Photographing Your Stuff for eBay
Do you have a number of perfectly saleable items relegated to that limbo called "I'm gonna put it on eBay?" Well, if you can write your name in the fine patina of dust accumulating on this hibernating source of income, then it's been too long, and in many cases, the reason is usually, "I just have to take some pictures of it."
Like most things, it's a process, and the toughest part is getting over the hump and simply beginning. Like going to the gym, the resistance factor is initially high, but once you're there you wonder why you made such a fuss. What we need to do is to "codify" the process, creating a checklist of sorts that automates you into the middle of it, and before you know it, wraps up quickly.
A word of advice about selling, from a 35-year veteran (B&H): When you sell something on eBay, envision many customers walking into your own "virtual" store. Keep in mind your own needs when shopping, and how you would like to be treated as a customer. Just because you are selling something that you don't use does not mean that you should be offhand or shoddy in representing it. Doing so is self-sabotage, detracting from the item's value and resulting in a smaller net profit.
We're going to keep the materials and equipment list to a minimum because I'm sure you're thinking, "Hey, I want to make money, not spend money," so we'll limit our needs to household items, low-priced "expendables," and a few small-ticket tools for those who want to do this regularly. We'll assume that you own a digital camera. Needless to say, if you're in the market for one, B&H has the largest inventory and the best prices anywhere. In fact, cameras like the Fuji Z100fd and the Olympus FE340 feature Auction or Blog Modes that resize images in-camera, and facilitate uploading of multiple views to the auction site of your choice.
|Auction Mode stitches multiple photos into a single image for easy uploading to your favorite auction site
While it's a great idea to know your camera's functions completely, let's face it—few people do. However, it would be helpful to read the sections on: a) flash and how to adjust its power (if possible); b) changing the ISO to obtain an adequate shutter speed to avoid blur; c) exposure compensation to correct too light or too dark photos; d) White Balance.
1) Lighting: Choose your source
Outdoors. Provided it's not raining, this is always an option. A bright, overcast day provides light that will eliminate shadows. Turn your camera's flash on to add some life to the flat contrast.
On a sunny day, try to choose an area of open shade. Your photos may take on a slightly blue tint when photographing this way. Check your camera's white balance settings. There may be an "overcast" or similar setting to solve this. Or, turn on the flash, adjusting its power if possible, for a proper exposure balance.
Household fixtures. Those with halogen track lights or high-hat fixtures are at an advantage here. Just crank the dimmers up as high as they can go, and fill in the shadows with flash. Adjust the flash power if you can, or you can re-task table lamps to fill in the shadows. If your result is too orange with Auto White Balance, select the light bulb, or whichever icon your camera uses for tungsten light.
Window light. Strong indirect window light is, many times, an ideal source if the size of your window and item permit. Once again, the result may be a bit blue, and is easily remedied by setting white balance to "overcast" or similar setting. Shooting tents and domes that mimic this soft, shadowless light with virtually any light source are available at low cost.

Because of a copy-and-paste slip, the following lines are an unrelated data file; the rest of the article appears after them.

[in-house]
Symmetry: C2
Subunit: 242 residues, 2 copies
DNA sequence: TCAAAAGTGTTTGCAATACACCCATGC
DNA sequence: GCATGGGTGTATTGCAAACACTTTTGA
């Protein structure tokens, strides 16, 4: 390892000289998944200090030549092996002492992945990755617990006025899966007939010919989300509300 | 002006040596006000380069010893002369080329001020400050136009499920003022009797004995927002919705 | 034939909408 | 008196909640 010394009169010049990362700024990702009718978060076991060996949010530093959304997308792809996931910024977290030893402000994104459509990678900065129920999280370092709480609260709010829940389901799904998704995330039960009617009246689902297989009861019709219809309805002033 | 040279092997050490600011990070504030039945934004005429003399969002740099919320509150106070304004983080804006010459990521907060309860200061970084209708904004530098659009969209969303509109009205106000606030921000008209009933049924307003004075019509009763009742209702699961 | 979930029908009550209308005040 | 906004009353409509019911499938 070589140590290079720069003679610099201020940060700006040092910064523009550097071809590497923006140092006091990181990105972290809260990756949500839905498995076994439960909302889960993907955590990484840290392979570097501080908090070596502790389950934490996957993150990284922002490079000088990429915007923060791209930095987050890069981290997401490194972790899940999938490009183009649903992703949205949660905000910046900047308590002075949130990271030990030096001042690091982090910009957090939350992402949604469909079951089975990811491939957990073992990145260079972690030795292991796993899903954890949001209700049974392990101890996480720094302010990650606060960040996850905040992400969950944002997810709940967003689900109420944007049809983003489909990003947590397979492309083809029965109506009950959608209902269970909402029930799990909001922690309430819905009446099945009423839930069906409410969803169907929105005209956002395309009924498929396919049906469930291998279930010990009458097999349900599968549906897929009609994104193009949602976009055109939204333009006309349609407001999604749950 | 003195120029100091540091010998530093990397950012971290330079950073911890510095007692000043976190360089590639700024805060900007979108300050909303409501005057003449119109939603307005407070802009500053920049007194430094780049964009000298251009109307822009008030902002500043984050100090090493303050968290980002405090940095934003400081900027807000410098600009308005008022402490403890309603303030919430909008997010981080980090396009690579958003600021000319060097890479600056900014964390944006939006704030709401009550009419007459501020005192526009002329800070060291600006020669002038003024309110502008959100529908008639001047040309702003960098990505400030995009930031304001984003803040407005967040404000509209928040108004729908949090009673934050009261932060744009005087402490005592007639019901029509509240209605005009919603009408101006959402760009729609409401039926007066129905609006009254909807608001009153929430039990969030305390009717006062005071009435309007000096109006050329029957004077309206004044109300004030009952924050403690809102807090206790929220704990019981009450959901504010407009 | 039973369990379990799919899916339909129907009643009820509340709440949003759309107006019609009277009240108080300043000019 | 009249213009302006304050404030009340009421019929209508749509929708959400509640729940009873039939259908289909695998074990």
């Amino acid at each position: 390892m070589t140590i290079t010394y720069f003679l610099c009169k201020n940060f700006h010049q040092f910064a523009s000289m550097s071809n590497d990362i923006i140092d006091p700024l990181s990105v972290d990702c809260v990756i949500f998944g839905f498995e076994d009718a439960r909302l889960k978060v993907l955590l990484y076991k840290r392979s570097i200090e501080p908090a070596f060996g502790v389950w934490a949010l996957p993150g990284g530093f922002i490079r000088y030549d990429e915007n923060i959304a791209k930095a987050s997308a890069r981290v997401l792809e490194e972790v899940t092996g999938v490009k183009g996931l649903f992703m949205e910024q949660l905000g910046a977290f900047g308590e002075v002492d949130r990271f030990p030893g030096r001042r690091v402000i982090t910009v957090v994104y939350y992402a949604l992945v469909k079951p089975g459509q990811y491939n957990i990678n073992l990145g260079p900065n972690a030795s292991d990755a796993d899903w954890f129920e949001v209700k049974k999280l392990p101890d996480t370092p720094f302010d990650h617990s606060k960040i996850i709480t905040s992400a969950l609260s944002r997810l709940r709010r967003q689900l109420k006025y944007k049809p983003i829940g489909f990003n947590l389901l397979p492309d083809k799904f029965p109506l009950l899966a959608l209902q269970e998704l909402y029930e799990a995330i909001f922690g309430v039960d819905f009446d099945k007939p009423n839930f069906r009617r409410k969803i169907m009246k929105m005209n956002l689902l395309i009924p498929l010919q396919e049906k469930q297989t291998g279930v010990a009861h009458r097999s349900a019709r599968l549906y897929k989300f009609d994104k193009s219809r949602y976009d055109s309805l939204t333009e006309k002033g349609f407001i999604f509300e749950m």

2) Accessories and Enhancements
Background Material. Rugs, bed sheets, kitchen tables, and the living room floor are all familiar as backgrounds to anyone who has browsed eBay. While overly slick is unnecessary, a clean presentation is always a positive sign, and conveys the idea that the sale item has been well cared-for. A small roll of Savage seamless paper or a Background Panel is a very modest investment and can be reused many times.
Reflectors and bounce cards. For about $5.00, any of the above lighting setups can be improved by propping up a piece white matte board or reflect-o-board, to bounce light into the shadows. Even a piece of aluminum foil fashioned into a reflective A-frame can help, for smaller objects.
Fun-Tak. This is a removable, reusable, non-toxic blue adhesive which molds like putty and is always helpful for propping, positioning, and holding small objects in place for photos.
3) Views of Your Sale Item
Front, back, side, bottom, top. Depict the inner workings if possible. Think of the details you might want to see if you were the buyer. That includes serial numbers, tags, bar codes, and anything else that lends authenticity to the item. Anticipating questions and answering them with your photos will minimize time spent responding to e-mail queries from prospective buyers.
Manufacturers and advertisers use a variety of familiar objects to indicate the relative size of an object, especially a small one. We're all used to seeing packs of playing cards and gum, quarters, or dimes used for this purpose. Not everyone envisions specifications as accurately as we might hope, so nothing is as simple and informative as the inclusion of a ruler in the photo, next to the item.
Condition and damage. Probably not for publication, but a photo record of the pre-shipped condition of the item, especially detailing any damage or cosmetic imperfections, will facilitate rapid settlement of insurance claims for shipping damage, while minimizing buyer disputes.
Hopefully, the above will take some of the pain and uncertainty out of the process. And when you're rolling in those PayPal dollars and positive ratings, remember your friends at B&H.
Basic Equipment List
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